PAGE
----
Demonstrating Good Faith Helps Buyers Avoid, Win Suits By Disabled Workers Even though an employer takes the necessary steps to reasonably accommodate a disabled employee, litigation is often the result of a disgruntled worker who believes that he or she has been treated unfairly or differently than what was expected.

Lawsuits involving the Americans With Disabilities Act can be avoided when employers take the steps necessary to ensure that an employee with a disability is treated fairly and consistently in the reasonable accommodation process.

In essence, it is in an employers best interests to exercise the utmost good faith possible in determining whether or not, and in what manner, to provide a reasonable accommodation.

This process, which must be an individualized approach, should include the following steps:

Generalizations and stereotypes must play no part in the process of determining an appropriate reasonable accommodation. The inquiry should not be on how people with a particular type of disability might be able to perform the job. Because every employee and every disability is different, a reasonable accommodation should be tailored to the individual in question and the essential functions of his or her job.

Before an employer can decide upon the appropriate reasonable accommodation, the employer must assess the specific job at hand. The specific purpose as well as the essential functions of the job must be evaluated, considered, and documented.

An employer must consider the specific abilities and functional limitations of the employee requesting the reasonable accommodation. The employee in question must be consulted, for an employer may not know all the relevant information about an individuals disability or the limitations that disability imposes upon the job performance. Moreover, the employee is often the best source for ideas as to what would be the most effective and simplest accommodation.

In legal terms, this is called the “interactive process.” In practice, it requires management to engage in a good faith dialogue with the employee.

The employer need not defer to the employees choice, but would be difficult to demonstrate good faith in a subsequent lawsuit if an employer had never bothered to consult with the employee at question about a potential reasonable accommodation. Moreover, an employee often will suggest a simpler, less costly alternative than the employer may have thought necessary at first.

In the reasonable accommodation process, an employer should always request backup documentation regarding the employees disability, including any reports by physicians, rehabilitation therapists, or other professionals with knowledge of the employees functional limitations.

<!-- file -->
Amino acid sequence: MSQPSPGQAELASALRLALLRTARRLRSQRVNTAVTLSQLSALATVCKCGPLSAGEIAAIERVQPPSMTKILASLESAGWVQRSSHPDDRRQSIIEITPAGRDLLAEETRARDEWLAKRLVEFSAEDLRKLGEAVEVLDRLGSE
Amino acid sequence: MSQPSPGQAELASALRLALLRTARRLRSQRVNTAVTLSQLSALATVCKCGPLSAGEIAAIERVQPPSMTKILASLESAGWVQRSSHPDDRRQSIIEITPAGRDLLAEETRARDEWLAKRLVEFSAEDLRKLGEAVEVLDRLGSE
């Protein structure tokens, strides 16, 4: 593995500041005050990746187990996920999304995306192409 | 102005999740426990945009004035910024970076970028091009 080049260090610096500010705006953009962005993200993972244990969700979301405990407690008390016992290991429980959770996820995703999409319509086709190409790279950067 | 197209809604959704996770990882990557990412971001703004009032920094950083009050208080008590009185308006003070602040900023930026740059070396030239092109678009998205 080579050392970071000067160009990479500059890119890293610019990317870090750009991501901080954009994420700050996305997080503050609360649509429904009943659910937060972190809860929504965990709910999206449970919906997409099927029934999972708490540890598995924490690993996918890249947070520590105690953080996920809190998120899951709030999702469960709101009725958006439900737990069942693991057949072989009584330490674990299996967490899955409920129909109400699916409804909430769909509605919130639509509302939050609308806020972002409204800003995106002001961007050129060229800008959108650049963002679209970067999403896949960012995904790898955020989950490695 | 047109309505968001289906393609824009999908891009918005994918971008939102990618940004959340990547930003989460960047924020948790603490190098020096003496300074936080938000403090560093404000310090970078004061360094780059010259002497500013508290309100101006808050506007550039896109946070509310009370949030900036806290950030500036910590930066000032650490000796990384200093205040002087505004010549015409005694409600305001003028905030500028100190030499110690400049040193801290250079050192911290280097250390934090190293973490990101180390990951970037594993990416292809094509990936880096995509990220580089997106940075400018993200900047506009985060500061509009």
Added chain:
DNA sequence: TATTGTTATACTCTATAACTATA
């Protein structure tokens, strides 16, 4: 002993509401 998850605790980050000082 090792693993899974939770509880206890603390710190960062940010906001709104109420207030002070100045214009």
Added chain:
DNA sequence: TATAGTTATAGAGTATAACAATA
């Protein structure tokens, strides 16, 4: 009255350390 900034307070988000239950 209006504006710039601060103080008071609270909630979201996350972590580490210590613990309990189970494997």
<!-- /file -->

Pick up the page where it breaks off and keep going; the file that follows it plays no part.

Employers should also take a conservative view of the undue hardship exception.

There may well be situations where an employer believes that the cheapest and most effective reasonable accommodation is nonetheless one that will impose an undue financial hardship on the business. This is the one defense under the ADA to refusing a reasonable accommodation.

Given the legal risk and exposure presented by denials of a request for a reasonable accommodation, an employer must take a very hard look at whether or not the situation at hand falls within the defense of “undue hardship.”

The financial costs of accommodations are not limited in any respect under the ADA by the amount of the disabled employees wage rate or salary. Instead, the relevant focus centers on assessing whether the costs of the accommodation impose an undue hardship based on the resources of the employer.

Therefore, before denying a reasonable accommodation based on the “undue hardship” defense, an employer should make a thorough financial analysis of whether the accommodation would impose a true financial burden.

This will require consultation with high-level decision-makers and corporate officials responsible for budgets and finances. An employer must analyze whether federal tax credits, tax deductions, or other sources of financing are available to pay for or reduce the cost of the accommodation.

Furthermore, the Equal Employment Opportunity Commissions regulations contemplate that an employer should check with the employee as to whether or not they would be able to provide the accommodation themselves or pay the portion of the cost of the accommodation which would constitute the undue hardship to the employer.

Until all of these steps are taken, an employer should not deny a request for a reasonable accommodation on the basis of undue hardship.

Employers should also create a good-faith file to document the reasonable accommodation process.

To prevent a later challenge to the employers decision, the process of deciding upon the reasonable accommodation should be documented in a thorough fashion. Care should be taken to create documentation that will stand up in court, and demonstrate an employers good faith in reaching its decision.

If an employer can demonstrate its good faith, the potential for damages in any ADA lawsuit will be reduced substantially.

Lisa Bee is director of EPL risk management for Lexington Insurance Company in Boston. Gerald L. Maatman Jr. is a partner with Seyfarth Shaw in Chicago.

Reproduced from National Underwriter Edition, February 3, 2003. Copyright 2003 by The National Underwriter Company in the serial publication. All rights reserved.Copyright in this article as an independent work may be held by the author.